Ukrainian photographer Yevhen Maloletka and video journalist Mstyslav Chernov received the «Freedom of Speech Award» from German media company Deutsche Welle on June 20. During the first 20 days of the war, they showed what was happening in Mariupol, which was left almost without communication, surrounded and attacked by the russian army. Their pictures were published by most of the world’s leading media outlets and discussed at the UN Security Council, and on March 15, the Ukrainian military removed Chernov and Maloletka from Mariupol because the russians began looking for the journalists.
While receiving the Deutsche Welle award in Bonn, Germany, they gave speeches in which they described their work in besieged Mariupol, how they witnessed the dramatic transformation of the city and war crimes by the russian military, and why information is more important than food in some places. DTF Magazine shows the texts of the speeches
Yevhen Maloletka and Mstyslav Chernov at the Freedom of Speech Award
For me, the war in Ukraine started eight years ago, when I worked as a photographer during the Euromaidan protest, in Crimea in March 2014, and then in Donbas. During the first two years of the war, we were in various dangerous situations, but it cannot be compared to what I had to see this year.
Even before the full-scale war broke out, our team, namely Mstyslav, Vasylisa and I, decided that Mariupol would be our place if anything happened.
On the evening of February 23, everything became clear. We were approaching the city on a road that was not far from the front line. I remember that the front line had been tense and fighting the day before. But it wasn’t that day, and it wasn’t that night. Everything was quiet.
We arrived in Mariupol an hour before the war at 3:30 in the morning. An hour later putin announced the invasion in his speech. And rockets started falling on the outskirts of the city. We didn’t sleep for the next 24 hours. The day was as tense as the months that followed. We decided to stay in the city under fire because we had to.
During our 20 days in Mariupol, we witnessed war crimes, air strikes, and atrocities against civilians committed by the russian forces.
It was important for me to show the world and our country what’s happening, the fear and pain of the Ukrainians. I had seen a lot of human suffering before Mariupol but had never seen so many children killed in such a short period of time. It seemed impossible to contact the residents of Mariupol, but after our photos were published, we received hundreds of messages on social networks asking us to find relatives and friends, but unfortunately, the situation did not allow us even to go outside shelters sometimes because of the constant shelling. We lost our car and it became impossible to move around.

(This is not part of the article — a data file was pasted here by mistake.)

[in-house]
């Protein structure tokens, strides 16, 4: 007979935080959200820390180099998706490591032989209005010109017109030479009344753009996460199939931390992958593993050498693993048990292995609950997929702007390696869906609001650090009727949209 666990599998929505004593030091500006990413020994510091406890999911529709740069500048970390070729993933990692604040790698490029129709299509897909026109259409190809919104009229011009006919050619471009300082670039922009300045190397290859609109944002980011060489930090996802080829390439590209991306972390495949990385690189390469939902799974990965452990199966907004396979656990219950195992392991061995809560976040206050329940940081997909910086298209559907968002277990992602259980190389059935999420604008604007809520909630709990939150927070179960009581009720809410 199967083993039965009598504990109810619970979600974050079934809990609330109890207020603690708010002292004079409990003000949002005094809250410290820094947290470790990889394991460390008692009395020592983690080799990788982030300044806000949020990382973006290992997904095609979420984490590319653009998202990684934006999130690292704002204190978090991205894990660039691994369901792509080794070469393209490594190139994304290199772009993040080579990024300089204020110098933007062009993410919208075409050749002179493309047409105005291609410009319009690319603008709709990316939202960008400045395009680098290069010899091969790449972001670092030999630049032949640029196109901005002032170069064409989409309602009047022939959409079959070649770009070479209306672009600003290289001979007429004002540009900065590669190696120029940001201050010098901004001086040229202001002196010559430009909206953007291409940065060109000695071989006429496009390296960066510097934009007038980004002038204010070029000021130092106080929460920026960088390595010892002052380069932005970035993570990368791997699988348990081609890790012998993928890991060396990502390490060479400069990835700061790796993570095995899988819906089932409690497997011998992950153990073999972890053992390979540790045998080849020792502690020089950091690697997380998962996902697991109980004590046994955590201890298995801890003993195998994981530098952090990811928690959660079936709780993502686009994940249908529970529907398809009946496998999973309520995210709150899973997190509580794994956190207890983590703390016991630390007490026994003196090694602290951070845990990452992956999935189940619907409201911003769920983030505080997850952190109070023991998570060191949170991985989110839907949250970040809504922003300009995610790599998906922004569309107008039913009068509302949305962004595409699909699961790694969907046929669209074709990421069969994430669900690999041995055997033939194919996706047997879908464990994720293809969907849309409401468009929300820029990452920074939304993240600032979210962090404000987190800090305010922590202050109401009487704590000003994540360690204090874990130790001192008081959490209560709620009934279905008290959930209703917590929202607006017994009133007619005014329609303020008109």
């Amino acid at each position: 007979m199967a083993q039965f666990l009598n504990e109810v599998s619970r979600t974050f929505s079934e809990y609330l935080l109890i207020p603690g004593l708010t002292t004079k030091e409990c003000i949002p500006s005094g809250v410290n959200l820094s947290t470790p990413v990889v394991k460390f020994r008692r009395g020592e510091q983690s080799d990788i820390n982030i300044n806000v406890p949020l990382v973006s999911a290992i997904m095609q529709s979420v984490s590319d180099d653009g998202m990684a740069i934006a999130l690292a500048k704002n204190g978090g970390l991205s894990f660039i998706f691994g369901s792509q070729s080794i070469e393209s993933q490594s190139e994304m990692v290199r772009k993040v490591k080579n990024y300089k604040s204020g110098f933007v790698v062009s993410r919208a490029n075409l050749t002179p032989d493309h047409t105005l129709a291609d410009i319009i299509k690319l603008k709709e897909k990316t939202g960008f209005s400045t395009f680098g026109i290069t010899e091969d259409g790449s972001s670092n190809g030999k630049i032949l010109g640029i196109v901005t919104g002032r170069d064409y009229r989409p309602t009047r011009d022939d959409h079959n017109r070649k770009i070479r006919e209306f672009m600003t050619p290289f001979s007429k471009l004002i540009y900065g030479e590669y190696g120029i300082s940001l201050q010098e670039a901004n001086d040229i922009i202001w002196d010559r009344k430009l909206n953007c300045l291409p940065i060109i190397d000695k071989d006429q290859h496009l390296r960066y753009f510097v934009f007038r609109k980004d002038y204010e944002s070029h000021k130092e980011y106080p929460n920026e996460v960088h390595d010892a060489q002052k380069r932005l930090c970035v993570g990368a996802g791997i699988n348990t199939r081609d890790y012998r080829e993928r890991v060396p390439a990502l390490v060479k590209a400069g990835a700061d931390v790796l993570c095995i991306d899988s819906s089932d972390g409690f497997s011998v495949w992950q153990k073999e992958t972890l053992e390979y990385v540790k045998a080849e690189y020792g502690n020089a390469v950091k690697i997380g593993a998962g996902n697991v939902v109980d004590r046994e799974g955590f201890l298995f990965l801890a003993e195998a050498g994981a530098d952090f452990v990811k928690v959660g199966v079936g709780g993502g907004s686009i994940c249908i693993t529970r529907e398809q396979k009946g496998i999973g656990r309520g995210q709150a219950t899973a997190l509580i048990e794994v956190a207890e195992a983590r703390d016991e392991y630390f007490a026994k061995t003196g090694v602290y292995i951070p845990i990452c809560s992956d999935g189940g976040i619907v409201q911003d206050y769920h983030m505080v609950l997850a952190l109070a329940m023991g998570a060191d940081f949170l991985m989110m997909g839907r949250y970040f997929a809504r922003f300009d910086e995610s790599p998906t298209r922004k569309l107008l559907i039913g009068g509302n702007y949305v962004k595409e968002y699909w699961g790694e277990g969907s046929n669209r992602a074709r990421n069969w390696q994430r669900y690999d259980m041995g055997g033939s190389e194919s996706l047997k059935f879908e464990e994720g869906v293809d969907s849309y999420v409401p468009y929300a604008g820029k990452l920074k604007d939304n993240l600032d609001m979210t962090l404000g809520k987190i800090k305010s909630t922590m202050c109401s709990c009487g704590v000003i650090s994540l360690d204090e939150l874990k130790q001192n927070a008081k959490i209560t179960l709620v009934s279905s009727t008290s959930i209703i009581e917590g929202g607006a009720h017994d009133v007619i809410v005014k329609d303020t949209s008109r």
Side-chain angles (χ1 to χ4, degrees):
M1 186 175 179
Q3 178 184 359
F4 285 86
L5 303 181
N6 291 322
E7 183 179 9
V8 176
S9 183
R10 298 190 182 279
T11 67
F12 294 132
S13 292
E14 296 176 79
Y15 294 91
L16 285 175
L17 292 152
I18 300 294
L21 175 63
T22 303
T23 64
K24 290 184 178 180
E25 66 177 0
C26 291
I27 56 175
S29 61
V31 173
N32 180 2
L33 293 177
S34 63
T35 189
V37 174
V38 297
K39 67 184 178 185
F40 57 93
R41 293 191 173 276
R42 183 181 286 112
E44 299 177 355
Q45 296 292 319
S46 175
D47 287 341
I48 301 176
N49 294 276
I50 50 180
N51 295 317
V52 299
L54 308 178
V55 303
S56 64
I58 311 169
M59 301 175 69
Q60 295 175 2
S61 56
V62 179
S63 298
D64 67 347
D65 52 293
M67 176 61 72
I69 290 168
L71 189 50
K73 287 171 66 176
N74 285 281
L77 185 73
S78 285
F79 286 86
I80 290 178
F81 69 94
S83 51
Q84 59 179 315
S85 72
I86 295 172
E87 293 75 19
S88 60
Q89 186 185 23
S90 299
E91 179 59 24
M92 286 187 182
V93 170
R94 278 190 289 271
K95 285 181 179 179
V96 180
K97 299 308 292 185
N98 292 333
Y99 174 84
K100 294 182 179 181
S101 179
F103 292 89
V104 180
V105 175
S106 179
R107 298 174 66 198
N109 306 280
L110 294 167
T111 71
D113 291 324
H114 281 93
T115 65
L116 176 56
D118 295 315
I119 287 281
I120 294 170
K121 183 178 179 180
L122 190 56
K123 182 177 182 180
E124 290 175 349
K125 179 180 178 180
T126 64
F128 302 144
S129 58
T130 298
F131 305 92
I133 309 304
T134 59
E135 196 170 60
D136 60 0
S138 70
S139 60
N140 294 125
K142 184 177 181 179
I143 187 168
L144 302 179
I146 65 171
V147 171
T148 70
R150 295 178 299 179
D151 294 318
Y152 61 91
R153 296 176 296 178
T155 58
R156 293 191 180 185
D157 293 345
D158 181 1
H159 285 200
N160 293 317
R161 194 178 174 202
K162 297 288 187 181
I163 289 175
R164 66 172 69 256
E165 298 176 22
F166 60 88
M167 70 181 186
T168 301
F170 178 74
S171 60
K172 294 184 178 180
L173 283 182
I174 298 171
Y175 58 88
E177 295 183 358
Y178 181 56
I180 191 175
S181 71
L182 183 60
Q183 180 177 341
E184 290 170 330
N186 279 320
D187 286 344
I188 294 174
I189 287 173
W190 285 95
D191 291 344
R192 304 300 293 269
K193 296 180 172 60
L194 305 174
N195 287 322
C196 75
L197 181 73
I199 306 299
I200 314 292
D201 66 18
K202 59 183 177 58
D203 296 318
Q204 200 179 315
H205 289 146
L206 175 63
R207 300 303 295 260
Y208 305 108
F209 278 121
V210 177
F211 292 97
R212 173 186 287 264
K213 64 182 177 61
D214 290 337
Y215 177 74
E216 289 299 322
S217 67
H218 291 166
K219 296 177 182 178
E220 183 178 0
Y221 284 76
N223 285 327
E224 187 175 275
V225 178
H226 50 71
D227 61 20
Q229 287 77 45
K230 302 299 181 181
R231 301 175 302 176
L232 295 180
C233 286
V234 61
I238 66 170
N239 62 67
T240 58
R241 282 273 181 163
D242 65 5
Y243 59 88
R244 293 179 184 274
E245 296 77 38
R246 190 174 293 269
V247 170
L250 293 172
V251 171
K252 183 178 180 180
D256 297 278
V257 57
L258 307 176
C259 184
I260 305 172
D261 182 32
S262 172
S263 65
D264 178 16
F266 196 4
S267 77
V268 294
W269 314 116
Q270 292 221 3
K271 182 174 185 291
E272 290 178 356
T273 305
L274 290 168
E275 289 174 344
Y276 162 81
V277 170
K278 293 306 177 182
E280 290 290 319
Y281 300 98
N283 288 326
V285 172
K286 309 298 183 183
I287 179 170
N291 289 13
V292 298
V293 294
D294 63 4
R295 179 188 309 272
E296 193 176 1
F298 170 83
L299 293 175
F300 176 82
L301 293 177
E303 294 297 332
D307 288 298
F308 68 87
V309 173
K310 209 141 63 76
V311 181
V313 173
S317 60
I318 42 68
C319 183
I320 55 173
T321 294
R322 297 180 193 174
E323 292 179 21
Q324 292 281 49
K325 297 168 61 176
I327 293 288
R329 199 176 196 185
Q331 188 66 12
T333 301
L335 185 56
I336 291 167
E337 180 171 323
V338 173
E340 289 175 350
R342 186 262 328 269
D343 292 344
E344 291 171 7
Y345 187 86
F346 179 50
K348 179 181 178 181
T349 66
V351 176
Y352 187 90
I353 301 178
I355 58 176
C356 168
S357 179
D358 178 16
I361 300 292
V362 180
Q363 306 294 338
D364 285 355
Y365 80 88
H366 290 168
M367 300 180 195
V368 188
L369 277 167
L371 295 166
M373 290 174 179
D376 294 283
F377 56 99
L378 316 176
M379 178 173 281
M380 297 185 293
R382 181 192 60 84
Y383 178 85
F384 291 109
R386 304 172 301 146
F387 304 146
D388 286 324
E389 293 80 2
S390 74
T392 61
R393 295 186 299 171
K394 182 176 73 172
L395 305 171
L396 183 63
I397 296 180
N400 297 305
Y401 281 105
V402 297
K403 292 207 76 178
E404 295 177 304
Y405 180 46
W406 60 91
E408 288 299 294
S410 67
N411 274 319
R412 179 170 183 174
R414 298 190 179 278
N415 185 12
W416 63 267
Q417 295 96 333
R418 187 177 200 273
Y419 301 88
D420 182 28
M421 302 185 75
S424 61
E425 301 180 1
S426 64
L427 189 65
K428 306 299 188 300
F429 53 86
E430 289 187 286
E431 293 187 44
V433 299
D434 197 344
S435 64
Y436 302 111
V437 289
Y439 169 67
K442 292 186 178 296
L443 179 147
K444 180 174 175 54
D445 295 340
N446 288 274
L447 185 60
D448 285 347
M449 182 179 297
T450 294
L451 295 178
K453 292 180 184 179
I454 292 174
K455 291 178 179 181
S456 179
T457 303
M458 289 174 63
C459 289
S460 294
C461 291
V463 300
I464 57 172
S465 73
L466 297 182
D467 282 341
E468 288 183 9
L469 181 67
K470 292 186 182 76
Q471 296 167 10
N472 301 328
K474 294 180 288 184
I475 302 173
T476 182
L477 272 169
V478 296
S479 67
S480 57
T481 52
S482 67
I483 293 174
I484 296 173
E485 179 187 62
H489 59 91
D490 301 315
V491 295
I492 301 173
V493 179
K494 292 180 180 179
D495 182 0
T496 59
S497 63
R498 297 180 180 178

The tragedy of Mariupol will forever remain like a big scar on my body and my heart, but at the same time I feel that the work we did, documenting the horror of the war, will help the world to understand what happened in Ukraine and will bring justice to the thousands killed in a senseless war.
March 4. Another day in Mariupol. We came out of the basement of the hotel where we spent the night to do a report on what was happening in the city. And we saw that the city had changed.
People were desperate, they looted stores, they took food and medicine. Sometimes there were fights, even attacks. We didn’t recognize the city. We didn’t understand what happened and why it happened so quickly.
There was heavy shelling on the outskirts and more and more people were dying every day. Dead people were just lying around. They lay buried in kindergartens, in flowerbeds, or they were simply picked up by utility workers and brought to mass graves. Then the building of the communal service was bombed and they stopped.
But we finally figured out the reason for such a rapid transformation — people had no information.
People didn’t know what was going on in the nearby village. People came to us because they saw the «press» sign and asked: «Is Kyiv still standing?», «Is Odesa captured or not?», «What about Kharkiv, do I have relatives there?». And they were waiting for answers from us. I tried to give them those answers. Then I realized that sometimes some news and information is more important for people’s survival than food.
It taught me to work harder every day, to force myself to get out of the basement and into the street because there was constant shelling going on.
They risk as much as we do. May this award be for all who work in Ukraine. Thank you for supporting freedom of speech not only in words. Keep supporting journalism, Ukrainian and international, objective journalism.